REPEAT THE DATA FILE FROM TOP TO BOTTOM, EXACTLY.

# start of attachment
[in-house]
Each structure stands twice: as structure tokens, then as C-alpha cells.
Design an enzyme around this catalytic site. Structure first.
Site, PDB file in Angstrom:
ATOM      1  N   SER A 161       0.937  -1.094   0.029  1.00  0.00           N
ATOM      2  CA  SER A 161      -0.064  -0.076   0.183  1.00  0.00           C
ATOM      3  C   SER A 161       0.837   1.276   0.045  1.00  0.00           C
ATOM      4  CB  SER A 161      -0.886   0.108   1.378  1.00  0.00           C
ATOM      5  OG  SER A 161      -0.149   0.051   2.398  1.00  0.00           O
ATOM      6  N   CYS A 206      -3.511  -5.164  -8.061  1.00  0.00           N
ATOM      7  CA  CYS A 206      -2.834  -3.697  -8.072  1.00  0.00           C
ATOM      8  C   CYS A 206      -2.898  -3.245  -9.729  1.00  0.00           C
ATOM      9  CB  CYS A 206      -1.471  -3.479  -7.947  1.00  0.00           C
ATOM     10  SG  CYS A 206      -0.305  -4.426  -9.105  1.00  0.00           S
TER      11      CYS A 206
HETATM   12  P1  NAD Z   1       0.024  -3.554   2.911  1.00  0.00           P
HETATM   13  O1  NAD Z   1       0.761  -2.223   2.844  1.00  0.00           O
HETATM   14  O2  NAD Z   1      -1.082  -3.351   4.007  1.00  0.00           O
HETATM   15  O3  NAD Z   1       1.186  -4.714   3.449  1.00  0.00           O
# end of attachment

[in-house]
Each structure stands twice: as structure tokens, then as C-alpha cells.
Design an enzyme around this catalytic site. Structure first.
Site, PDB file in Angstrom:
ATOM      1  N   SER A 161       0.937  -1.094   0.029  1.00  0.00           N
ATOM      2  CA  SER A 161      -0.064  -0.076   0.183  1.00  0.00           C
ATOM      3  C   SER A 161       0.837   1.276   0.045  1.00  0.00           C
ATOM      4  CB  SER A 161      -0.886   0.108   1.378  1.00  0.00           C
ATOM      5  OG  SER A 161      -0.149   0.051   2.398  1.00  0.00           O
ATOM      6  N   CYS A 206      -3.511  -5.164  -8.061  1.00  0.00           N
ATOM      7  CA  CYS A 206      -2.834  -3.697  -8.072  1.00  0.00           C
ATOM      8  C   CYS A 206      -2.898  -3.245  -9.729  1.00  0.00           C
ATOM      9  CB  CYS A 206      -1.471  -3.479  -7.947  1.00  0.00           C
ATOM     10  SG  CYS A 206      -0.305  -4.426  -9.105  1.00  0.00           S
TER      11      CYS A 206
HETATM   12  P1  NAD Z   1       0.024  -3.554   2.911  1.00  0.00           P
HETATM   13  O1  NAD Z   1       0.761  -2.223   2.844  1.00  0.00           O
HETATM   14  O2  NAD Z   1      -1.082  -3.351   4.007  1.00  0.00           O
HETATM   15  O3  NAD Z   1       1.186  -4.714   3.449  1.00  0.00           O